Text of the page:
Sen. Cory Booker said Friday that Sens. Kamala Harris and Kirsten Gillibrand, two of his highest-profile opponents for the 2020 Democratic presidential nomination, are his “sisters,” playing down the idea that there will be much friction with his colleagues.
Booker announced early Friday morning that he is running for president, joining an already crowded field that includes three other senators, an Obama-era Cabinet secretary, a congresswoman and a retired congressman. The New Jersey Democrat was asked about Harris and Gillibrand on ABC’s “The View” in his first TV appearance as a 2020 candidate.
“They are friends, they are sisters,” Booker said. “There will be some sibling rivalry. But at the end of the day we’re family.”
Pushed to identify what makes him different from the pair, Booker referenced his roots in inner-city Newark, where he still lives.
“My record, I think, when I have a chance to put it before people, they’re going to see a very different, sort of not usual path in politics,” he said.
Gillibrand, who joined the White House race in mid-January, tweeted a video of her and Booker answering trivia questions about each other for a “How Well Do You Know Your Co-Worker?” Marie Claire segment.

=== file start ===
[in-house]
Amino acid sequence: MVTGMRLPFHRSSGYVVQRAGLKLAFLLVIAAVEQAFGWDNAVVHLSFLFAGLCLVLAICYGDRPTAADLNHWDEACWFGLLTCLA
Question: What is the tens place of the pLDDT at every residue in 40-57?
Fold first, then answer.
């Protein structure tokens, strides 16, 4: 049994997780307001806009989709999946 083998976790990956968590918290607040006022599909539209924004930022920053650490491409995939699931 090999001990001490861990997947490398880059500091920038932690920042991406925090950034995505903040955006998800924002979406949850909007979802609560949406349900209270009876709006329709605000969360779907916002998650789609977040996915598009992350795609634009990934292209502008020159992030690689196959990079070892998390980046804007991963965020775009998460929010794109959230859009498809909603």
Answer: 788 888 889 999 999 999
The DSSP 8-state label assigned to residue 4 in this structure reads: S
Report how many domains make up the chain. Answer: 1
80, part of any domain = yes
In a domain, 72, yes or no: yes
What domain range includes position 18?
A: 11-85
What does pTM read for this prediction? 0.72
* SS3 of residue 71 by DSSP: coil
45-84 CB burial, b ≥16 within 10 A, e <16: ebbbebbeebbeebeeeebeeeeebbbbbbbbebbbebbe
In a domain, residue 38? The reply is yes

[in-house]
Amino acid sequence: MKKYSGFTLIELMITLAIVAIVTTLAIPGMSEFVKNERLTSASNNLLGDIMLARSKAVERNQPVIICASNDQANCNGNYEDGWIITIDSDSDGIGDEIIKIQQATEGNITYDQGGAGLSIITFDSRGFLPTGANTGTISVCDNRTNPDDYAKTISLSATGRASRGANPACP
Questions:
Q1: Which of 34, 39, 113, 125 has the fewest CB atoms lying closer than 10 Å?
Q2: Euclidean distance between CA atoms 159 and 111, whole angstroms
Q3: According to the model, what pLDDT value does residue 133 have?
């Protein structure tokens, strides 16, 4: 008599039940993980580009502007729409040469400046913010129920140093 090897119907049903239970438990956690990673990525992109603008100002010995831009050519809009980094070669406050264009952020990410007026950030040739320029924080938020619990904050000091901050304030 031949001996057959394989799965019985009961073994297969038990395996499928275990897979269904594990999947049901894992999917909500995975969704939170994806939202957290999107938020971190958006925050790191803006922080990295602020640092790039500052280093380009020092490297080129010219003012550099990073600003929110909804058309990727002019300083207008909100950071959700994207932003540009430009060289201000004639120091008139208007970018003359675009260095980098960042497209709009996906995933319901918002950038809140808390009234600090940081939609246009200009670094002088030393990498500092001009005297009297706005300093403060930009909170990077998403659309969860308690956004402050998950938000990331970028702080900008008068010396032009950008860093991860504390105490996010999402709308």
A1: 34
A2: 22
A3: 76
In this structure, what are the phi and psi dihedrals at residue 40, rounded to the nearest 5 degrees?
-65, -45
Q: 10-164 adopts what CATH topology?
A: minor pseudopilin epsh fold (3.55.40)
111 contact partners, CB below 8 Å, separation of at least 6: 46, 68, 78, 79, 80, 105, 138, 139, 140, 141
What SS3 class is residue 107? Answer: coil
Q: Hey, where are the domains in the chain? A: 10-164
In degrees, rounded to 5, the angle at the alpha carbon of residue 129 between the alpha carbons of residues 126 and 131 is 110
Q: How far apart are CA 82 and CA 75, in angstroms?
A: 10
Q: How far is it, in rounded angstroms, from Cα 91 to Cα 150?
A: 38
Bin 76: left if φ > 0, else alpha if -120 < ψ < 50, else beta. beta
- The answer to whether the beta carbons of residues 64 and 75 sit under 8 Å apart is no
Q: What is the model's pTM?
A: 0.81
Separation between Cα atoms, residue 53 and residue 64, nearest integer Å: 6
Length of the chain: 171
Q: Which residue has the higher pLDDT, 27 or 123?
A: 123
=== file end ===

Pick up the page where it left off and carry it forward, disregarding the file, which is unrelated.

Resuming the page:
“Congratulations and welcome to the race to one of my closest friends, @corybooker! I’ll be cheering you on — just, you know, not TOO hard,” the New York senator wrote Friday.
Booker’s announcement made him the fourth senator and second African-American to join the rapidly expanding Democratic pool of presidential candidates. The 49-year-old has been setting the stage to run for more than a year, courting influential African-American supporters and hiring campaign personnel in crucial early primary states.
Already, Booker has found himself in competition with Harris for support from members of the influential Congressional Black Caucus, a potential sign of a brewing battle for African-American support. Harriskicked off her campaign last weekend with a speech in Oakland, Calif., that drew 20,000 people.